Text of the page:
Open Letter to Moms of Teenagers

Dear Moms of Teenagers,

I’ve noticed lately that you’ve been super stressed out by your teenagers. It seems like you’ve got a lot on your plate with your job, house work, homeschooling, and add to that your teenager doesn’t seem to be cooperating or making life easier. I’ve had many conversations with you and been listening as you vent to other moms about your teenager’s lack of work ethic or that they snuck out last night to see their girlfriend. I hear you use adjectives like lazy, rebellious, insolent, hard to handle, stubborn, rude, obstinate, irresponsible and some others that ‘must not be named.’ I’ve heard you say, “If you can just get through and survive the teenager years then….” or “Just try to keep your head above water and your hand from slapping your kid.” I know that I’m a new mom and still in the cute, baby phase that’s only filled with lots of poop, crying, and spit-up, instead of yelling, major attitude, and ‘I hate yous,’ so you might be rolling your eyes and thinking, “Oh, just wait til it’s your turn.”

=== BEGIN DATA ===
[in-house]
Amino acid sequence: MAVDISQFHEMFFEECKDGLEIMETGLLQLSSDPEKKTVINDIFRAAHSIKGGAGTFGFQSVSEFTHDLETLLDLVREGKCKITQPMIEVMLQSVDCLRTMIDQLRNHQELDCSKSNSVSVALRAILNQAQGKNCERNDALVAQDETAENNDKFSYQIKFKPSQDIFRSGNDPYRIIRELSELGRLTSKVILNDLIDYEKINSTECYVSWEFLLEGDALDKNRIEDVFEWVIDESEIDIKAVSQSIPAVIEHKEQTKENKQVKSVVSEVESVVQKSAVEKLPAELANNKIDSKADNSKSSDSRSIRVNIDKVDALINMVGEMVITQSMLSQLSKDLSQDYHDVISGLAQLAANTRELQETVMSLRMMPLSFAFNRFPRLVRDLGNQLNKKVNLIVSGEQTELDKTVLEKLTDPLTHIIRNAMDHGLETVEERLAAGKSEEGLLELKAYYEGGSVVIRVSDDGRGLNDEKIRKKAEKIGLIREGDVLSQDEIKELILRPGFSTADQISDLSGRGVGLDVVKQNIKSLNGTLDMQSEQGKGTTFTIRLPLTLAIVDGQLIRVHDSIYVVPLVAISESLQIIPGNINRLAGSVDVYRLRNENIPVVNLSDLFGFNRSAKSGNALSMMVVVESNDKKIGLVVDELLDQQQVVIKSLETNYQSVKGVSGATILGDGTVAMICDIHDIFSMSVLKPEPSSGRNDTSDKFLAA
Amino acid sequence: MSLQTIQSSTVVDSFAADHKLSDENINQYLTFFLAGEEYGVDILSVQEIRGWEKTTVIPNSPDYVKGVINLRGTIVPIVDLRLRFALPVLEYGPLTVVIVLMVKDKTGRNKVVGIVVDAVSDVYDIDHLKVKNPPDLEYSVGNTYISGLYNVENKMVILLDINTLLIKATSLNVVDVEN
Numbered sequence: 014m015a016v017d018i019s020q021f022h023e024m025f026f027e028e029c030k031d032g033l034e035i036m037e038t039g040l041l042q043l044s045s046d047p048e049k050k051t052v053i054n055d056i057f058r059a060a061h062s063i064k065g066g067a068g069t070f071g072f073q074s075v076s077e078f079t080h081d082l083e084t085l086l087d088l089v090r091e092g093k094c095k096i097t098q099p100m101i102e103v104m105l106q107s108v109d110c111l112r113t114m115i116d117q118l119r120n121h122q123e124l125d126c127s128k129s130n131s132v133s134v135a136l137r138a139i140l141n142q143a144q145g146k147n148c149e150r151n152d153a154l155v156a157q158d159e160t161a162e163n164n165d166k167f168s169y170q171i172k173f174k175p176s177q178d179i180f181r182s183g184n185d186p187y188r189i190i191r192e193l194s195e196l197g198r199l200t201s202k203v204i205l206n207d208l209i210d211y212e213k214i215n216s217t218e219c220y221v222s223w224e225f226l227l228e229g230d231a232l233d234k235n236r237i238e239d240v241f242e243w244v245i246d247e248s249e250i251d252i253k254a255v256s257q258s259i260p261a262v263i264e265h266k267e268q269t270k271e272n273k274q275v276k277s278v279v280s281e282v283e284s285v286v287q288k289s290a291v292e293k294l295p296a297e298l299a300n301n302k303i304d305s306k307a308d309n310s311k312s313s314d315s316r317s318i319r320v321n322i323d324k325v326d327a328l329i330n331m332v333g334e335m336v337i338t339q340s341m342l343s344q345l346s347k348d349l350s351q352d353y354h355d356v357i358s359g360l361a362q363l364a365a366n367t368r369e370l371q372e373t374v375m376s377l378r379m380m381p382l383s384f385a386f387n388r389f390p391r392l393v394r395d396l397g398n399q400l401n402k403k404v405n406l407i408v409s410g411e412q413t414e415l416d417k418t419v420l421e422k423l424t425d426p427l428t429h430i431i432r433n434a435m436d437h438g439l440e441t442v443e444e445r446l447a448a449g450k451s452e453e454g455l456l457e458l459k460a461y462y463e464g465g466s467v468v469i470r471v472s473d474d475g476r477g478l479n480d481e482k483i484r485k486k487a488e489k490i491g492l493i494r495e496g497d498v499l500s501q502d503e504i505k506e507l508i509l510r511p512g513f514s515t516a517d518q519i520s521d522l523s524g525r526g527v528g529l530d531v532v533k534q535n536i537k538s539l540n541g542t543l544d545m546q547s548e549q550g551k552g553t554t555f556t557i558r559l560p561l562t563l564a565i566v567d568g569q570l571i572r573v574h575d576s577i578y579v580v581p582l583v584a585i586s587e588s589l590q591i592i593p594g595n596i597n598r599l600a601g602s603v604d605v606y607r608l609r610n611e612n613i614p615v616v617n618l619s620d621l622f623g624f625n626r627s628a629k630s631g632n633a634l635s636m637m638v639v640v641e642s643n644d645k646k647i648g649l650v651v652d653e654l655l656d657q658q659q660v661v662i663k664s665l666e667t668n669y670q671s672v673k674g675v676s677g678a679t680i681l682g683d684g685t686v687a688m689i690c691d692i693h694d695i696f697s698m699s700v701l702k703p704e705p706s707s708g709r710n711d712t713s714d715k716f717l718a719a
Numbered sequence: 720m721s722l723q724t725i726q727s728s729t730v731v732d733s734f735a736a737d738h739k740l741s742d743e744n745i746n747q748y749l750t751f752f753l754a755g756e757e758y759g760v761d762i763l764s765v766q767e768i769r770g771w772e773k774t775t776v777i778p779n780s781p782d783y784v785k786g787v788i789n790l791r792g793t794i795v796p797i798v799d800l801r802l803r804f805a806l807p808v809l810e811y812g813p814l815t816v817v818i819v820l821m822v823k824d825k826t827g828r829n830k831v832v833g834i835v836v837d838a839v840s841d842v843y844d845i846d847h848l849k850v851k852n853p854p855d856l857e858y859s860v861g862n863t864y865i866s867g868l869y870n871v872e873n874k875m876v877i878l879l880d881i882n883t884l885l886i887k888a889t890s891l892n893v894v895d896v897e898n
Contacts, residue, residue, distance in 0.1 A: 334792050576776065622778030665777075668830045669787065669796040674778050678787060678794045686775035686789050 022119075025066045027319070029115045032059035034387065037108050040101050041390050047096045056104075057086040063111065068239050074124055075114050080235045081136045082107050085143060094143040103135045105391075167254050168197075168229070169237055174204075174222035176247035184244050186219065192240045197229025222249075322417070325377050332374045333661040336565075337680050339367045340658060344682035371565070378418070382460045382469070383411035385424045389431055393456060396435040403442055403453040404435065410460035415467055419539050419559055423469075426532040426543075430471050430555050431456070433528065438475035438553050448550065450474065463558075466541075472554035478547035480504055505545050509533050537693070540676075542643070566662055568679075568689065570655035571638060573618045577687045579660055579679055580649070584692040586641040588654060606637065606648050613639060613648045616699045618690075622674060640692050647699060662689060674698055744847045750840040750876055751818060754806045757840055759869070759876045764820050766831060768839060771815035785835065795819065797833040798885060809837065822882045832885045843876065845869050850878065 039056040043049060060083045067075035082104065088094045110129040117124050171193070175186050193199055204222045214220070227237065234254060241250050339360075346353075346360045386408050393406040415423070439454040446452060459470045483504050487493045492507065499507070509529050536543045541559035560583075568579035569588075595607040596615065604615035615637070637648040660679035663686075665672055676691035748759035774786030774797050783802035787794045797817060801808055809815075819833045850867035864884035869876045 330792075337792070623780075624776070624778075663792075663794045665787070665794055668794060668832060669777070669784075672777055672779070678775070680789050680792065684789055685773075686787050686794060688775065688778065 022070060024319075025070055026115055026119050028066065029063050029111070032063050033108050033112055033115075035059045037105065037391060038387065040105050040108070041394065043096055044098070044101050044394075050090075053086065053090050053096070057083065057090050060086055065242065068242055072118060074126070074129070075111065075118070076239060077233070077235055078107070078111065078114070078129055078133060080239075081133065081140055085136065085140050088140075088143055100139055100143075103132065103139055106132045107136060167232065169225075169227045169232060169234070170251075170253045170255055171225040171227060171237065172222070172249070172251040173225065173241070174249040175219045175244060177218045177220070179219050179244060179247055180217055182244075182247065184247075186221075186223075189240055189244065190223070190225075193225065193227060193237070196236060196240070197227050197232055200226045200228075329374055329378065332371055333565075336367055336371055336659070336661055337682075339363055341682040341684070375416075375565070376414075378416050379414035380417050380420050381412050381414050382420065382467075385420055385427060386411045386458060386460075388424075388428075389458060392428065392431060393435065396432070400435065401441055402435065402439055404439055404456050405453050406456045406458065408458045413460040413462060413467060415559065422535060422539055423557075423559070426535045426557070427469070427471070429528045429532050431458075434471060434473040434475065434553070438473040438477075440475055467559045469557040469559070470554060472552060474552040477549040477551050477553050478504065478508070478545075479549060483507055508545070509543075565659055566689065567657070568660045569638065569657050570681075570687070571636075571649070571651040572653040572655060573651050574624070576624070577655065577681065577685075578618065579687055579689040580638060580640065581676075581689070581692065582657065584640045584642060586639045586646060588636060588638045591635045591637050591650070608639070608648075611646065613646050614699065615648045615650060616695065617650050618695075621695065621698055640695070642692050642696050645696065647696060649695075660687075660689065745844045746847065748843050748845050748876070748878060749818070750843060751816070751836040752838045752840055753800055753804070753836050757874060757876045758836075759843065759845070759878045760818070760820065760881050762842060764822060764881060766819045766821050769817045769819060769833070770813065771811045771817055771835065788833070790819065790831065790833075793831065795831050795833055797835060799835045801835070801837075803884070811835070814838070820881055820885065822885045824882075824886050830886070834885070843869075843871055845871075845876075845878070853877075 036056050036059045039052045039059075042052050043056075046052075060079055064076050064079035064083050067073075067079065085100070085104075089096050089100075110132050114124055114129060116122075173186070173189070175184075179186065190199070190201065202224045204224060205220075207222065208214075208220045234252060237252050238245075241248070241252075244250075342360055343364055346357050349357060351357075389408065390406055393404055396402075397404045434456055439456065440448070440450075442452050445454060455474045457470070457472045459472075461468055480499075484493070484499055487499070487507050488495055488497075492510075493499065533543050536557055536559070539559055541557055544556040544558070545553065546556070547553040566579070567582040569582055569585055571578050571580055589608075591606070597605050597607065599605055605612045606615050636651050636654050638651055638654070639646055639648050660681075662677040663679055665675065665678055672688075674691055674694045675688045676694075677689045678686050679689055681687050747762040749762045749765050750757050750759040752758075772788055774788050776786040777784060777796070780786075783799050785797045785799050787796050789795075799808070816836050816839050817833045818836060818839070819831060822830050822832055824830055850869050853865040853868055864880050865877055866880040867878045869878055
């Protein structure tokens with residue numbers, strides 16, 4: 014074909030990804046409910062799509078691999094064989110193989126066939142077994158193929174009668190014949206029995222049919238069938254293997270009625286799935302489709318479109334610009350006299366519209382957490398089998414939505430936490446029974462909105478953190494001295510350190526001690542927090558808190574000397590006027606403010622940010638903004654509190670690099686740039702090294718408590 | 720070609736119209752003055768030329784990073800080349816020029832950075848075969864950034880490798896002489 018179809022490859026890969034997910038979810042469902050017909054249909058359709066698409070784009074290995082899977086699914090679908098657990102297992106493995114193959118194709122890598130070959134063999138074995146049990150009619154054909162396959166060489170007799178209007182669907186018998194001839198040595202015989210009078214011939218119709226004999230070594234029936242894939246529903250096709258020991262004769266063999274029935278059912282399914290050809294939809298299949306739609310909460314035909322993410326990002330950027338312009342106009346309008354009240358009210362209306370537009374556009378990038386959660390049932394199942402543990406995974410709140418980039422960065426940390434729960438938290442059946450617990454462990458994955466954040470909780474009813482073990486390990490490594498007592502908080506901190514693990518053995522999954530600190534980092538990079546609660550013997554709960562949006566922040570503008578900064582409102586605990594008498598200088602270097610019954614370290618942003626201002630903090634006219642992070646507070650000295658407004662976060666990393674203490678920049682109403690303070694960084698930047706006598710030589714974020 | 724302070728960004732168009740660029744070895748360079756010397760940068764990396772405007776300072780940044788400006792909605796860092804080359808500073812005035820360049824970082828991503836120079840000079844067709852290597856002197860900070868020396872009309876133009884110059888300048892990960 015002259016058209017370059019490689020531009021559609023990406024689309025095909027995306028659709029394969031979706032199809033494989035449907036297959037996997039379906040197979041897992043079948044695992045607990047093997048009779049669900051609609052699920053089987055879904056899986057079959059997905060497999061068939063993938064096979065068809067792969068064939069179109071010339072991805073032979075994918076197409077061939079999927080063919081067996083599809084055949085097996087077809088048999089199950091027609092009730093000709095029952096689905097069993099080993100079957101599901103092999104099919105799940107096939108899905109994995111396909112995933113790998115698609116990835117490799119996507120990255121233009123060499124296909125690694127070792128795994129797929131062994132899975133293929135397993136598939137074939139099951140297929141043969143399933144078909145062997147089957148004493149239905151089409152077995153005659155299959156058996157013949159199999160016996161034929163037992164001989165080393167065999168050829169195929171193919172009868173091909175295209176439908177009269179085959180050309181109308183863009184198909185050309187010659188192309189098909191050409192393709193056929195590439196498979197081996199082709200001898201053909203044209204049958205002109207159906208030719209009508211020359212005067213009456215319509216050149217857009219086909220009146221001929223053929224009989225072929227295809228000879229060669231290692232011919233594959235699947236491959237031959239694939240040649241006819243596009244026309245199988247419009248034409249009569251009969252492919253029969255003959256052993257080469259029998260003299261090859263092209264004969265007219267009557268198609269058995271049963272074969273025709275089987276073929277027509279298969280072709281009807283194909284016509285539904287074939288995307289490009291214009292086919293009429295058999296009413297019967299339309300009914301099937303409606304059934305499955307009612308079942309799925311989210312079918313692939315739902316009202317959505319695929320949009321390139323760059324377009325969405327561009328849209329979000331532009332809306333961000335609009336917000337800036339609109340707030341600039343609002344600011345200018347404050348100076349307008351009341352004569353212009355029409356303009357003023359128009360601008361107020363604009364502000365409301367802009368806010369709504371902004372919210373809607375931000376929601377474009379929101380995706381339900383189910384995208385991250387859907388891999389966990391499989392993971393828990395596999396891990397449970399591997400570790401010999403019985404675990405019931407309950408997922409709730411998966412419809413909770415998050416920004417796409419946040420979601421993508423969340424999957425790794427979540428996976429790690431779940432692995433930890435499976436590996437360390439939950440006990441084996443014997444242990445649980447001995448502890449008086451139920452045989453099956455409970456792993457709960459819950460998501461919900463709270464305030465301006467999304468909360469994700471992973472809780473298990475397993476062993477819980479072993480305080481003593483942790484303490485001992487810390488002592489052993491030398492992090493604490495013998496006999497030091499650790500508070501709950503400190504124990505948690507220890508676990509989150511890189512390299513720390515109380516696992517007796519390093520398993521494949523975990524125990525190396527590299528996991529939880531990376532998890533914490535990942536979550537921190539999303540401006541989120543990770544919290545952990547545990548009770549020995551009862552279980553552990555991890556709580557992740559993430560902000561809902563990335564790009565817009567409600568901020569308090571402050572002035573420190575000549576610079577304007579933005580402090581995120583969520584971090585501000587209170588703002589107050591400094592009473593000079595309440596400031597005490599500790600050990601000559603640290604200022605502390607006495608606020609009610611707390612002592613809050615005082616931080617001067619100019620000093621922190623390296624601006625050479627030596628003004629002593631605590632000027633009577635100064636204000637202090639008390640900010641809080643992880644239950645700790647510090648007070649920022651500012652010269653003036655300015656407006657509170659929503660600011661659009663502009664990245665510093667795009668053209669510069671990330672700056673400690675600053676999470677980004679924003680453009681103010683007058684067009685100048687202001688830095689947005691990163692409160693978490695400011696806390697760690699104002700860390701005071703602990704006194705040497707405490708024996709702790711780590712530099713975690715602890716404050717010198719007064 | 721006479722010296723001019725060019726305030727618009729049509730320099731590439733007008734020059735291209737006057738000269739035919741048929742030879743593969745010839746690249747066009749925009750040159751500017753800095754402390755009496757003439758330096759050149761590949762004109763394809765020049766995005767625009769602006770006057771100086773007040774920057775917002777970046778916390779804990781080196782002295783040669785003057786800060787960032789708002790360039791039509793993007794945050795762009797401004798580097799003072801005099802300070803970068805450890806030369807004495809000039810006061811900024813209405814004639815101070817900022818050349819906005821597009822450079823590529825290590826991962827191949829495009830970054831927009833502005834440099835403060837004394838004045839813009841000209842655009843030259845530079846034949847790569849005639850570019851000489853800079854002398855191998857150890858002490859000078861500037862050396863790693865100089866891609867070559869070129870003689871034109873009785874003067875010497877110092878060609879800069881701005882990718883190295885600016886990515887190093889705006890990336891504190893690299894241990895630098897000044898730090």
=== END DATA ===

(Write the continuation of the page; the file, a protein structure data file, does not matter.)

I understand that the teenage years are filled with so much stress, challenges and feelings of failure because I was one of those awful teenagers that caused you so much pain. But now, I’m a mom too and I’m listening intently to your teenager problems to see what my future is, what I need to do as a mother and, to be honest, I’m scared, terrified, mortified, stunned, and, sometimes, almost ready to throw in the towel and give up on parenting. You’ve scared the pants off of me.